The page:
Open Source Software destroys the value in commercial software.
This is traditionally what M$ would have you believe.
But before you can really answer this question you need to understand the value proposition that software offers.
Software is basically a means to an end, and that's it. And as we have already discussed, you as the consumer should be able to determine what value you are prepared to pay for with software.
But what's in it for a commercial software company offering Open Source software?
The first thing you have got to do is ditch the traditional model of how software makes money.
This model is the typical M$ model where a company provides a shrink wrapped product and bit off support for that software, and the company pretty much earns money from the sales and support services around that product. Money it then uses to pay the bills and drive creation of new products.
Open Source software cannot work like this since obviously you have to "give" the software away.
You could earn all your money from support services around that product and this model is the one that many Open source companies have adopted. You can make money this way, Red hat is testament that this can work.
However this is definitely not the only model or the most effective model. Firstly as I have said already all software is a means to an end. Software simply provides a mechanism to enable your hardware and in turn apply it in order to solve a problem.
Software is simply a part of the entire system albeit a very important part.
The side effect of this type of thinking is that you realise that the organisations who benefit commercially from open source are not necessarily software companies.
Intel is the dominant provider of desktop and low to middle tier server chips in the world. It is the giant of chip makers, or at least until you step out of the said market segments and then take another look.
Consider that in the big three of Big iron; IBM, Sun and HP, Intel is a second class citizen. Also consider that all major gaming consoles run IBM Power based chips. Finally Intel fairs absolutely dismally in the embedded space, area traditionally dominated by MIPS based chips.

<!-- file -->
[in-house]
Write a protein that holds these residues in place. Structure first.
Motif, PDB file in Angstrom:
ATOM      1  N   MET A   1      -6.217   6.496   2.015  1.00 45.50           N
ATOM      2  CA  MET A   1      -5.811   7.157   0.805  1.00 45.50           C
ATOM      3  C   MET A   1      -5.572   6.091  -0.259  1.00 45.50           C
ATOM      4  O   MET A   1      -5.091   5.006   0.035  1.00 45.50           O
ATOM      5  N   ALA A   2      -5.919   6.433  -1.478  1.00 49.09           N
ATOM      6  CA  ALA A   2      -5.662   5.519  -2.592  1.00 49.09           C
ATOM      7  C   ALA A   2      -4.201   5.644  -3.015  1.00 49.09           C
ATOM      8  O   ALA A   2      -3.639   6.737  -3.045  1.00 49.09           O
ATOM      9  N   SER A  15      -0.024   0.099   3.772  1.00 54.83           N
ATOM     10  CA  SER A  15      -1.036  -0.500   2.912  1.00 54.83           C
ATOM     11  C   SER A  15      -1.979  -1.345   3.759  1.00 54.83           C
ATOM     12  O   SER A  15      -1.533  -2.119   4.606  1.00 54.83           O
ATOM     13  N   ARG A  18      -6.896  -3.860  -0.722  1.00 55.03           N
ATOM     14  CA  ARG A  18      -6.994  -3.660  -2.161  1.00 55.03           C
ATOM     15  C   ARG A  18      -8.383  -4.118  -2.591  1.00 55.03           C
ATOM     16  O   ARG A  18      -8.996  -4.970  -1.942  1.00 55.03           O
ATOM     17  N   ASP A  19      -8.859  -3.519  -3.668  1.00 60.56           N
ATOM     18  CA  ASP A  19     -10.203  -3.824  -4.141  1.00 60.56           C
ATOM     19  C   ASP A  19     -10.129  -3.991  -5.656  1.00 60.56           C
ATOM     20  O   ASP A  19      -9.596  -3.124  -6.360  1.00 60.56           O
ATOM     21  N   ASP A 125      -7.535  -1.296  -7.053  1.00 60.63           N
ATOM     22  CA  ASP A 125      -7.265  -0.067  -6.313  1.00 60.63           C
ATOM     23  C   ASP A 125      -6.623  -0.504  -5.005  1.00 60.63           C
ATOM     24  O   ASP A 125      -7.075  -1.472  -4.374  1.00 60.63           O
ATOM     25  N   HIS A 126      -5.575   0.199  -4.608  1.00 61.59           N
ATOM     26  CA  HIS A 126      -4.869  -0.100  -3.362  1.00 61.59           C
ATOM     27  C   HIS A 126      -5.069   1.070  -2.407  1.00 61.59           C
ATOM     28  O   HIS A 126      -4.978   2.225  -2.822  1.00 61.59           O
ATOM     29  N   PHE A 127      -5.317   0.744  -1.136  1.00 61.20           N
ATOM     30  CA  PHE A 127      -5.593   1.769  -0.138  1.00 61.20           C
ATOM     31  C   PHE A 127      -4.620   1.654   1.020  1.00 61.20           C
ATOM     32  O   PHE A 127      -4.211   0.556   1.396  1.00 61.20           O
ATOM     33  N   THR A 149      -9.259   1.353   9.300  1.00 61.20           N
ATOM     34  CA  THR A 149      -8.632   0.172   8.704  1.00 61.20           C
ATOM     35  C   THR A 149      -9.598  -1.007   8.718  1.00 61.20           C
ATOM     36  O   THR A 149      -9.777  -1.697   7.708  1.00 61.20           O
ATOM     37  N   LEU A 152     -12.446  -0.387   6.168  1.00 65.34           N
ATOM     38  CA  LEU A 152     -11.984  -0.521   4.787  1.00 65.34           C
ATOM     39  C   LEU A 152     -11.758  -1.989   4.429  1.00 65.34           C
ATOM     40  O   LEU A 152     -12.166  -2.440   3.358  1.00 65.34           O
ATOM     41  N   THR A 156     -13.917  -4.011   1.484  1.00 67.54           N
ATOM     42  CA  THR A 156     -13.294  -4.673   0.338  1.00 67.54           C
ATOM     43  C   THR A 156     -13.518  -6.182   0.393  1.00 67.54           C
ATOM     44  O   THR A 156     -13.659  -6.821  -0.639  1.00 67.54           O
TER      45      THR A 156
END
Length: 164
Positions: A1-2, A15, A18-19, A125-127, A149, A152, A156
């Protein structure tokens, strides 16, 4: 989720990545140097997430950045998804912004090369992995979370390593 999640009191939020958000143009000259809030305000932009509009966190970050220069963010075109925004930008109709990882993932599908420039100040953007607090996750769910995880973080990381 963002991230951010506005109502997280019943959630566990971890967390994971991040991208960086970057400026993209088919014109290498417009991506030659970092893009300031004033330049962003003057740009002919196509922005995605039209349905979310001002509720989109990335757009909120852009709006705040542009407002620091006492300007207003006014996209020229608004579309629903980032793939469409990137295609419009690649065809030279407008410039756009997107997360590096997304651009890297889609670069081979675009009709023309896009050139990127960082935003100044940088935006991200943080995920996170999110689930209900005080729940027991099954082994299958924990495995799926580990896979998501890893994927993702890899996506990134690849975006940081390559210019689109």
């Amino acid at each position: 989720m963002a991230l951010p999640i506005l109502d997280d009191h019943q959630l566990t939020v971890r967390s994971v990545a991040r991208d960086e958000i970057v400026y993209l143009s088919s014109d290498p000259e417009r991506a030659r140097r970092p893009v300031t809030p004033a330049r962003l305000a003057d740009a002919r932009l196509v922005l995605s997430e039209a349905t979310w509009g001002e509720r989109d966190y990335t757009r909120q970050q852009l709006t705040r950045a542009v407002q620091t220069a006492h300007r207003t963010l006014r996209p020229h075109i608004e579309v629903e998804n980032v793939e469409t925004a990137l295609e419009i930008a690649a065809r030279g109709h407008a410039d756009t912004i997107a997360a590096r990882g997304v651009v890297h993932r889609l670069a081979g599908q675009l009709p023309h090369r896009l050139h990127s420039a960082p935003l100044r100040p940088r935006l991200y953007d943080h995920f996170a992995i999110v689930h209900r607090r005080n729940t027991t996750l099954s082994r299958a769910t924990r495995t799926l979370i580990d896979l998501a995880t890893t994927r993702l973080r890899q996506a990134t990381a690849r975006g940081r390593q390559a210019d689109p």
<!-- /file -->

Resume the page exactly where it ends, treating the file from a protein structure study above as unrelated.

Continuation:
Now, it's not that Intel is not capable of competing in these markets, it's mostly due to the fact that it doesn't have the necessary software solutions for these markets, for one thing you need to have an OS running on your chips and that's easier said than done.
Intel tried it in the Big Iron market with Project Monterey for it's Itanium (also known as Itanic) processor and got burned horribly. Intel is also reliant on M$'s decision to go after certain market segments with a Windows based solution.
So what do you do if you're kinda stuck for an OS with features for a specific market. Well you take one that exists and is established and you add what's missing for a specific market segment.
The one caveat is that you have to use one which you can modify easily such as - say - an Open Source based OS such as Linux.
Intel has become one of the largest contributors to Linux, recently it started adding some Real time components to the kernel. The reasons for this are quite obvious.
A real time operating system potentially means a carrier grade operating system, and a carrier grade operating system mean telcos.
The cost that Intel had to spend on the engineers who developed the real time components for Linux is nothing compared to the payback of a Vodafone deciding to chuck out all it's existing Unix servers for Intel based Linux servers.
Similarly Linux has become a core component of Intel's Atom based strategy for the embedded market.
In this approach Intel is set to make a lot of money indirectly from Linux, and that's really the gist of the value in Open Source software; in that it is part of making a solution that is a means to an end rather than providing value as a pure software solution.
Which of course is why we have software to begin with.
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